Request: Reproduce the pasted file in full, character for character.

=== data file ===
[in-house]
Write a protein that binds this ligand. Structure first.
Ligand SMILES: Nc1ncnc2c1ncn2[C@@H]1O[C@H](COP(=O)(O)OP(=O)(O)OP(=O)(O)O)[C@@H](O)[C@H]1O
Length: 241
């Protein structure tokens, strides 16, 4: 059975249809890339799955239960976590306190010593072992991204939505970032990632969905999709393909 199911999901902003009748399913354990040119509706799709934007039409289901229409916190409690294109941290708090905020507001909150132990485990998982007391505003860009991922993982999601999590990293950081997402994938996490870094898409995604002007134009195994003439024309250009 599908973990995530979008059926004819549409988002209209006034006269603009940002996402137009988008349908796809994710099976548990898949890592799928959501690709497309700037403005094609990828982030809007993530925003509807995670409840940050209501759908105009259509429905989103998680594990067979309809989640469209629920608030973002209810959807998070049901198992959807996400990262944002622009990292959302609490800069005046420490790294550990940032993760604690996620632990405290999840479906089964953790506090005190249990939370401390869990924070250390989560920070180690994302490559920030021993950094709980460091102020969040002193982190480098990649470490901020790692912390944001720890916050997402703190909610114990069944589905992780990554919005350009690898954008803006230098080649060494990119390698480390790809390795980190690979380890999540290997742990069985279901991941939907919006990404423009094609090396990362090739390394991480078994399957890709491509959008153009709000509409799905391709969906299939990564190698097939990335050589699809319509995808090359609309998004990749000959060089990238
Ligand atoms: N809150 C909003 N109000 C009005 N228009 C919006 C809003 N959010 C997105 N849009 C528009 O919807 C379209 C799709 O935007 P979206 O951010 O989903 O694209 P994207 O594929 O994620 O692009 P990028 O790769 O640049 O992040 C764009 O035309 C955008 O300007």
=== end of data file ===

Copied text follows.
[in-house]
Write a protein that binds this ligand. Structure first.
Ligand SMILES: Nc1ncnc2c1ncn2[C@@H]1O[C@H](COP(=O)(O)OP(=O)(O)OP(=O)(O)O)[C@@H](O)[C@H]1O
Length: 241
């Protein structure tokens, strides 16, 4: 059975249809890339799955239960976590306190010593072992991204939505970032990632969905999709393909 199911999901902003009748399913354990040119509706799709934007039409289901229409916190409690294109941290708090905020507001909150132990485990998982007391505003860009991922993982999601999590990293950081997402994938996490870094898409995604002007134009195994003439024309250009 599908973990995530979008059926004819549409988002209209006034006269603009940002996402137009988008349908796809994710099976548990898949890592799928959501690709497309700037403005094609990828982030809007993530925003509807995670409840940050209501759908105009259509429905989103998680594990067979309809989640469209629920608030973002209810959807998070049901198992959807996400990262944002622009990292959302609490800069005046420490790294550990940032993760604690996620632990405290999840479906089964953790506090005190249990939370401390869990924070250390989560920070180690994302490559920030021993950094709980460091102020969040002193982190480098990649470490901020790692912390944001720890916050997402703190909610114990069944589905992780990554919005350009690898954008803006230098080649060494990119390698480390790809390795980190690979380890999540290997742990069985279901991941939907919006990404423009094609090396990362090739390394991480078994399957890709491509959008153009709000509409799905391709969906299939990564190698097939990335050589699809319509995808090359609309998004990749000959060089990238
Ligand atoms: N809150 C909003 N109000 C009005 N228009 C919006 C809003 N959010 C997105 N849009 C528009 O919807 C379209 C799709 O935007 P979206 O951010 O989903 O694209 P994207 O594929 O994620 O692009 P990028 O790769 O640049 O992040 C764009 O035309 C955008 O300007």